Communications Project

Document Type:Master's Thesis
Name:Charaspim Boonyanunt
Title:The New Town of Williamsburg: A Study of the New Urbanism
Degree:Master of Landscape Architecture
Department:Department of Landscape Architecture
Committee Chair: Terry Clements
Committee Members:Robert Dyck
Wendy Jacobson
Keywords:New Urbanism, Neotraditional Neighborhood Design, Landscape Architecture, Urban Planning, Community Design
Date of defense:December 11, 1996
Availability:Release the entire work immediately worldwide.





Charaspim Boonyanunt

Terry Clements, Chair

Department of Landscape Architecture


This thesis studies New Urbanism, a movement intending to address the problems of the American suburbs and create pleasing and livable communities. The focus is on the Traditional Neighborhood Design concept (TND), one of the five types of New Urbanism developed in the late 1980's by architects Andre Duany and Elizabeth Plater-Zyberk.

The goal of this thesis is to develop the best community design concept, with a basis in the TND concept, which responds to local cultural and physical environments. The study is comprised of two approaches: a literature review and a design approach. In the first three chapters, the findings of the literature review are shown. There include (1) the history, structure, and problems of the American suburbs, (2) the theory and types of New Urbanism community structures, and (3) the characteristics of TNDs. At the end of Chapter 3 the TND concept is analyzed using four criteria comprised, uses and activities, public space, circulation and typological characteristics of architecture, as well as a summary of the strengths and weaknesses of the TND concept are summarized. In Chapter 4 the development of a TND plan for the New Town of Williamsburg is shown, which includes the context of the site, history of Colonial Williamsburg, site inventory, site analysis, design concept, and design development. The design concept was developed from the findings of the site analysis and the improved TND concept. The conclusions in Chapter 5 provide an overview of this thesis, findings of both the research and design part, lessons from this thesis, and areas for future research.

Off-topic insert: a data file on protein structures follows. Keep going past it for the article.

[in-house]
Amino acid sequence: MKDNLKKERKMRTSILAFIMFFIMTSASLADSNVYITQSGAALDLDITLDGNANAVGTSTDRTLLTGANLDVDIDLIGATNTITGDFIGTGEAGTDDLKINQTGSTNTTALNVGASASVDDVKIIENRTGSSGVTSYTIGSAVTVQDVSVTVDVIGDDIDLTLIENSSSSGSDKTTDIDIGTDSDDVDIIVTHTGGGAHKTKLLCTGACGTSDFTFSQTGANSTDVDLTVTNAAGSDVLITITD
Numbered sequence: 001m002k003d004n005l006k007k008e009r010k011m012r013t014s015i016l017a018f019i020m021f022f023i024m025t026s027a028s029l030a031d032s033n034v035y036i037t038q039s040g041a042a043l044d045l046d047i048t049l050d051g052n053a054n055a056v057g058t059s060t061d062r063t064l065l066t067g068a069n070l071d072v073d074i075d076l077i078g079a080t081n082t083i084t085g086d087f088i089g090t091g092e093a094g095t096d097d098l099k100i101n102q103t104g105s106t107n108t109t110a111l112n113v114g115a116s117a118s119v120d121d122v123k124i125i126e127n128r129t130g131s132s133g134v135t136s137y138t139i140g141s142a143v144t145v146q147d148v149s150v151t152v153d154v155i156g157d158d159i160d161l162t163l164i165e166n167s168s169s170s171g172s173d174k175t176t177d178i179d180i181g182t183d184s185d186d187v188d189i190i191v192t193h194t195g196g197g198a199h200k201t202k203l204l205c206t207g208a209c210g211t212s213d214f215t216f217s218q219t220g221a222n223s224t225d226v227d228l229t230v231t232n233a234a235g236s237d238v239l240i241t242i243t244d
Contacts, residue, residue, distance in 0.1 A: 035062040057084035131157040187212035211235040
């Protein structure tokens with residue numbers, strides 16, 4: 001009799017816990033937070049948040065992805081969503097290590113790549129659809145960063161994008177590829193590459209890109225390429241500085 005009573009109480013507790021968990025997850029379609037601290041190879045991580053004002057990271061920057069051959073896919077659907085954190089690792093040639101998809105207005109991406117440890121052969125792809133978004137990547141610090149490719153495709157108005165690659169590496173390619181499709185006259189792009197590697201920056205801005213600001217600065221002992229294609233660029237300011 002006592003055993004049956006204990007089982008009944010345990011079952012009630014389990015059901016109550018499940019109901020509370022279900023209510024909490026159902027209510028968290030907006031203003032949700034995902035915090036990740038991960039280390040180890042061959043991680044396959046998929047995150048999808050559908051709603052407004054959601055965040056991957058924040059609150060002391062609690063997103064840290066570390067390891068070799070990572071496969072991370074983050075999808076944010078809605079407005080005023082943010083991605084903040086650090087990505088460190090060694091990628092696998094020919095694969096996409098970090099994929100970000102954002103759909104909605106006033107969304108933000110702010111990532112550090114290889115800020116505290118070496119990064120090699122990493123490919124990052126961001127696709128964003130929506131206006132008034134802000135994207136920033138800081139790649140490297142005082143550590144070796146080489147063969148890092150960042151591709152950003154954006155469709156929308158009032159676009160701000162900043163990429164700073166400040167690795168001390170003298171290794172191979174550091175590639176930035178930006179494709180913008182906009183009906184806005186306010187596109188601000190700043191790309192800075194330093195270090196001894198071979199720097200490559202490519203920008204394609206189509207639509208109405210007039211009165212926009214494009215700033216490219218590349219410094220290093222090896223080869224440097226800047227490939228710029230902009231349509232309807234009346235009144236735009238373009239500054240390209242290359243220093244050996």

List of Attached Files

416.PDF 417.PDF 418.PDF
419.PDF 424.PDF 425.PDF
426.PDF 427.PDF 428.PDF
429.PDF 43.PDF 430.PDF
431.PDF 432.PDF 433.PDF
434.PDF 435.PDF 437.PDF
ABS.doc CBOONYAN.PDF vita.pdf

The author grants to Virginia Tech or its agents the right to archive and display their thesis or dissertation in whole or in part in the University Libraries in all forms of media, now or hereafter known. The author retains all proprietary rights, such as patent rights. The author also retains the right to use in future works (such as articles or books) all or part of this thesis or dissertation.